Multipurpose PC. It actually started in early 2017 as an i5-7600k/GTX 1060 6GB price:performance gaming rig, and as I slowly upgraded all the parts, it became an entirely new machine. I recently upgraded the last bit - changed my CPU cooler to the brand-new and powerful H115i Pro from Corsair - and I think I'm done doing serious upgrades for a while.
- Gaming: I like to play competitive Overwatch and StarCraft II, as well as a variety of noncompetitive AAA games, notably including recent demanding titles like Rise of the Tomb Raider, GTA V, Ghost Recon: Wildlands, and Assassin's Creed Syndicate. My priority is being able to play these games at 1080p 120fps+ and very high to max settings. The GTX 1080 is, I think, the perfect choice for this purpose.
- Streaming: I casually stream on Twitch (@jenyer_) and I take pride in my stream quality. The i7-8700K easily handles x264 900p/60fps at 6000 kb/s and fast preset, for any game I want to play. I also use OBS to record 1080p video and sometimes edit clips in Adobe Premiere.
- Music archiving: I collect FLACs and often use dBpoweramp to mass transcode into different MP3 formats. Having a large amount of initial storage and room for expansion is important for the former, having a powerful multicore CPU is important for the latter.
I got slightly unlucky with the silicon lottery on mine and need 1.35V to run a stable 5.0 GHz OC, but it's a monster CPU even at stock speeds. The hyperthreading is worth every penny over the i5-8600K for any multicore-heavy workloads.
Insanely quiet AIO. Paired with two be quiet! Silent Wings 3 140mm fans, it is inaudible at full load and beats large air coolers (e.g. the Dark Rock Pro 3) in noise:performance ratio.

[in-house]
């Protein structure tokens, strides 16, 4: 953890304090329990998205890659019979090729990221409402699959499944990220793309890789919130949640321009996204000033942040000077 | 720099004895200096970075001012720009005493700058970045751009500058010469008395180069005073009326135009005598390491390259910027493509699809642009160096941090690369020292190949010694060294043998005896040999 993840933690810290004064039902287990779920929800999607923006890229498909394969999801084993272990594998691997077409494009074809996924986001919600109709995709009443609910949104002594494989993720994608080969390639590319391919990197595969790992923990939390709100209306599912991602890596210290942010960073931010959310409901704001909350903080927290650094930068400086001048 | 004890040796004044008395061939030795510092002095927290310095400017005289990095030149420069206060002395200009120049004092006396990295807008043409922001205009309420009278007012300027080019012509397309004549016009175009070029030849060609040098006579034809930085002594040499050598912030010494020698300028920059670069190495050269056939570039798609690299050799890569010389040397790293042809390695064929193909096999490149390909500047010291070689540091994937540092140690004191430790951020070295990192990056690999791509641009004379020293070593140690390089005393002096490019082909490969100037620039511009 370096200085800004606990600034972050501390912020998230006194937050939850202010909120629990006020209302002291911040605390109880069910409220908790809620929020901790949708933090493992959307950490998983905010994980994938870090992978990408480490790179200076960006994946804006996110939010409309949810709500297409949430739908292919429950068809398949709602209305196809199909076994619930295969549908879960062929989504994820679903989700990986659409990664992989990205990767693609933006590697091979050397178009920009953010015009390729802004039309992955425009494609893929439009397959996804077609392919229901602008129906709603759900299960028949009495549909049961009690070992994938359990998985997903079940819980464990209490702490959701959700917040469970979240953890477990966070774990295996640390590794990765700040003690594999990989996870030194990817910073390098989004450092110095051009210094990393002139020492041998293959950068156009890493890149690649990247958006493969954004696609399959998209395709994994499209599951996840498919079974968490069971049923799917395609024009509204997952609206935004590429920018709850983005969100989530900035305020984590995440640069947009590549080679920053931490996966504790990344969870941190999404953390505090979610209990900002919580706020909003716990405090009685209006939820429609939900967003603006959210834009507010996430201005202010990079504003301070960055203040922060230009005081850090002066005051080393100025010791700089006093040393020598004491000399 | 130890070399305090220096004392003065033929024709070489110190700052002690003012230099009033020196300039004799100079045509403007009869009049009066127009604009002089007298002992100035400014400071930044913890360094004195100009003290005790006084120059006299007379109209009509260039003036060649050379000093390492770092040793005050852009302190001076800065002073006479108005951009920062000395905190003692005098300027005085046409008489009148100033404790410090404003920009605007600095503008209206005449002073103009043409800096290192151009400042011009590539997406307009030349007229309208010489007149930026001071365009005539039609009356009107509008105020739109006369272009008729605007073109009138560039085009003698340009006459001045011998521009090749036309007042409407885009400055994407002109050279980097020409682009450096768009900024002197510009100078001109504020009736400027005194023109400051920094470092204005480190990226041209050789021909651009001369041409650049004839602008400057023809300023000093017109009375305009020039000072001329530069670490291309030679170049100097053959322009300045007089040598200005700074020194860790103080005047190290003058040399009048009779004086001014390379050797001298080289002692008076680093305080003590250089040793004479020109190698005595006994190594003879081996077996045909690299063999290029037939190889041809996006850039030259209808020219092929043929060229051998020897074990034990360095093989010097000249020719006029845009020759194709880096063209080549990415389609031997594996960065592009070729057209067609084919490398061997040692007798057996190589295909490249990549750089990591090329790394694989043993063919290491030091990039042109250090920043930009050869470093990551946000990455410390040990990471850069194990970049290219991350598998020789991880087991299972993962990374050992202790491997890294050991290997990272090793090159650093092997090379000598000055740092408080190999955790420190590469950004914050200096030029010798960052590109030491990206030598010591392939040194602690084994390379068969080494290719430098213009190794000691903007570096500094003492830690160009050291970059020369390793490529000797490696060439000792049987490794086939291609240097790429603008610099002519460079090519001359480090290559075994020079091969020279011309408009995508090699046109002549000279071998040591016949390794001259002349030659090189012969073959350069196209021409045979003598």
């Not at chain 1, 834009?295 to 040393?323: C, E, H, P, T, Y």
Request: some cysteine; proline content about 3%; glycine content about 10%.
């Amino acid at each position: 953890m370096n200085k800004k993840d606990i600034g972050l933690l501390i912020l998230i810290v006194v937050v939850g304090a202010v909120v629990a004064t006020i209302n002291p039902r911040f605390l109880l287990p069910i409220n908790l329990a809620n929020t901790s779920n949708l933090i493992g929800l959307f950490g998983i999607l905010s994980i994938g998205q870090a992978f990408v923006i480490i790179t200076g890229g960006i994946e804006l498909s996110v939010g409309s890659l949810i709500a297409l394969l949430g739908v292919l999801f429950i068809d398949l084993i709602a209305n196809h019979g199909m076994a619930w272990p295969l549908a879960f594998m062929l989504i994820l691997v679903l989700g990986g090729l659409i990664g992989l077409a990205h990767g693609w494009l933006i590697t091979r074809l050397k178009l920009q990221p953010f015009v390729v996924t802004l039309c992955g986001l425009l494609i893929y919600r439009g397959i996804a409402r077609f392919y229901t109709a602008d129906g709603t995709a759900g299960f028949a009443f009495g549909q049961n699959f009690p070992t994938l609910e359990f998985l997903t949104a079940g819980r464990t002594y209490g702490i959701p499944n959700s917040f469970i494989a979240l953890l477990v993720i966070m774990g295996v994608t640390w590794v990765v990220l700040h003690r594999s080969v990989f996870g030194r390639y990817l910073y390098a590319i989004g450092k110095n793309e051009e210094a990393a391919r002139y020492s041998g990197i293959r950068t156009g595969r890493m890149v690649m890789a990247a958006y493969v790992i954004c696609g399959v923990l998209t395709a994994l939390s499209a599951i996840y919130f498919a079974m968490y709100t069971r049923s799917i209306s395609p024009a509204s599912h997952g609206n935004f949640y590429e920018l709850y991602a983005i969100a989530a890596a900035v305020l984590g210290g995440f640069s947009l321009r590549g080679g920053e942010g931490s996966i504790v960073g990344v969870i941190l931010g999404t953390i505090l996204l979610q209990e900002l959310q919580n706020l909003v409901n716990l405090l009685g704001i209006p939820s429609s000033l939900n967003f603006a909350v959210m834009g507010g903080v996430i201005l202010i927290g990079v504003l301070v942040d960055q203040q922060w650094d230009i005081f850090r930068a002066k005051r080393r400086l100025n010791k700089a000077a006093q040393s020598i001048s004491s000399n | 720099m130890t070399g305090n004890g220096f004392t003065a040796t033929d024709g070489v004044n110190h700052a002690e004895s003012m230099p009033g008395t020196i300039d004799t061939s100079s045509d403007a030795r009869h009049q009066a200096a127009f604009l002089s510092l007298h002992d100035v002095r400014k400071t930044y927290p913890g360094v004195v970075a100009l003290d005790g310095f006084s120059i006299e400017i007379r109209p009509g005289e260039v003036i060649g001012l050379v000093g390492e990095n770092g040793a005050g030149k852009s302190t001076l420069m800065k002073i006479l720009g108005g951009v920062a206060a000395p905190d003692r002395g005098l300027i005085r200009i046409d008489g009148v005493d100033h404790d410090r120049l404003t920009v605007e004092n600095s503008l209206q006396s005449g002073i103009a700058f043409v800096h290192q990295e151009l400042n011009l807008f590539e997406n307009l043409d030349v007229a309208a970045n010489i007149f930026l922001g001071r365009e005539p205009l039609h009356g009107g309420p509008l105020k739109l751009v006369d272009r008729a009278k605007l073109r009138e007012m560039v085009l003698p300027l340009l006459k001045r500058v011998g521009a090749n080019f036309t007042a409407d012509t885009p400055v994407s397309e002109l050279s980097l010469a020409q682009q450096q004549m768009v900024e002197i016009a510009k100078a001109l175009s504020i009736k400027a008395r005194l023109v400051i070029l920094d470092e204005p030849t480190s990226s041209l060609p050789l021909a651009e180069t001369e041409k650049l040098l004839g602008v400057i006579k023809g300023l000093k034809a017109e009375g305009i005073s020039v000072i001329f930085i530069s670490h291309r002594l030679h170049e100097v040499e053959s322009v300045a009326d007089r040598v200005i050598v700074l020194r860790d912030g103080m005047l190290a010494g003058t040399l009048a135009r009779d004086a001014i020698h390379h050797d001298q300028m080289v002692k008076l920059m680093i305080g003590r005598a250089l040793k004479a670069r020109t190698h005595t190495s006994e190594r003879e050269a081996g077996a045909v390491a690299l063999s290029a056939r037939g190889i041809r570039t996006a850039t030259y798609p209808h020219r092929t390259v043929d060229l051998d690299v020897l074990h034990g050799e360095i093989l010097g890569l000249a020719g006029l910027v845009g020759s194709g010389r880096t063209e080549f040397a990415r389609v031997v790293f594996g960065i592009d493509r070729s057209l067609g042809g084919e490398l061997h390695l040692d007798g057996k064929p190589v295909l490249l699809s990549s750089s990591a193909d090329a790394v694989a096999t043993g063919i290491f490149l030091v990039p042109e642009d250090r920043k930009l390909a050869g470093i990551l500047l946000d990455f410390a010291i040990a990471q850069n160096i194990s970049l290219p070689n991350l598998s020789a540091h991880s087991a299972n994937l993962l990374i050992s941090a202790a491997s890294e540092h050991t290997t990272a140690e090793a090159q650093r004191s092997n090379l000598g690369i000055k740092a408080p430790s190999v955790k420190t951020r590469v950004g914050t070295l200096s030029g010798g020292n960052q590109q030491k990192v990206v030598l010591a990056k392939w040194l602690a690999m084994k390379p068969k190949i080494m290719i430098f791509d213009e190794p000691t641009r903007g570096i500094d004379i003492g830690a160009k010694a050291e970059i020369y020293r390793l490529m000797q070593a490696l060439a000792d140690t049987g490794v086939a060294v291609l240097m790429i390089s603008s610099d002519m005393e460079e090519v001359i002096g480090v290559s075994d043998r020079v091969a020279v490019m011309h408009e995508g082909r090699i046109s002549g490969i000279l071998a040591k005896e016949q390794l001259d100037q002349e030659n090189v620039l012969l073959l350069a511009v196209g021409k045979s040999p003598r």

Solid motherboard with great features, and surprisingly good onboard sound if you're interested in that. My only issue was that I experienced problems using the first M.2 slot and chose to use the second slot to cut my troubleshooting process short, but it's fine otherwise. I particularly like that the USB 3.0 connector is horizontal, so it's very easy to plug in the front panel cable; it also comes with an easy adapter for the tiny front panel connectors.
Paid $115 for this in January 2017. Definitely the kit to get if you want a heatspreader that won't have clearance issues with any CPU cooler. There's a reason this is the most popular RAM at the moment.
Bought this as my initial boot drive. Best SATA SSD out there (after the new 860 EVO).
The speed upgrade on this from the SATA-based 850 EVO is noticeable. Definitely worth it if you have money to burn.
Massive space, great performance. This is the newer variant (ST4000DM004): don't be confused by the number on the ST4000DM005, it is in fact older.
Great 1TB HDD despite being a bit of an older model. I'll eventually upgrade to a second Seagate 4TB, but this one's the undisputed king if you're specifically looking for a 1TB home-use HDD.
Twin Frozr VI is one of the quietest and most powerful cooler designs being produced for the current generation of GPUs. Highly recommend any Gaming X card.
Compact, really quiet, and a dream to build in. It has cable routing holes in the front for anything you can think of, and great cable management features in the back. It is warm, but I recommend the Meshify C if sound-dampening is less of a priority to you than airflow/temperature.
I trust everything in the SuperNOVA line by EVGA. Legendary PSUs.
Wireless Network Adapter
Extremely stable connection over 5GHz to a router located 2 floors below me. Definitely worth it over most cheaper PCI-E WiFi adapters.
Despite its age, this is still one of the best gaming monitors out there. Default color settings aren't fantastic, but with LightBoost and some tweaks in the Nvidia control panel, I was able to get it looking the way I want.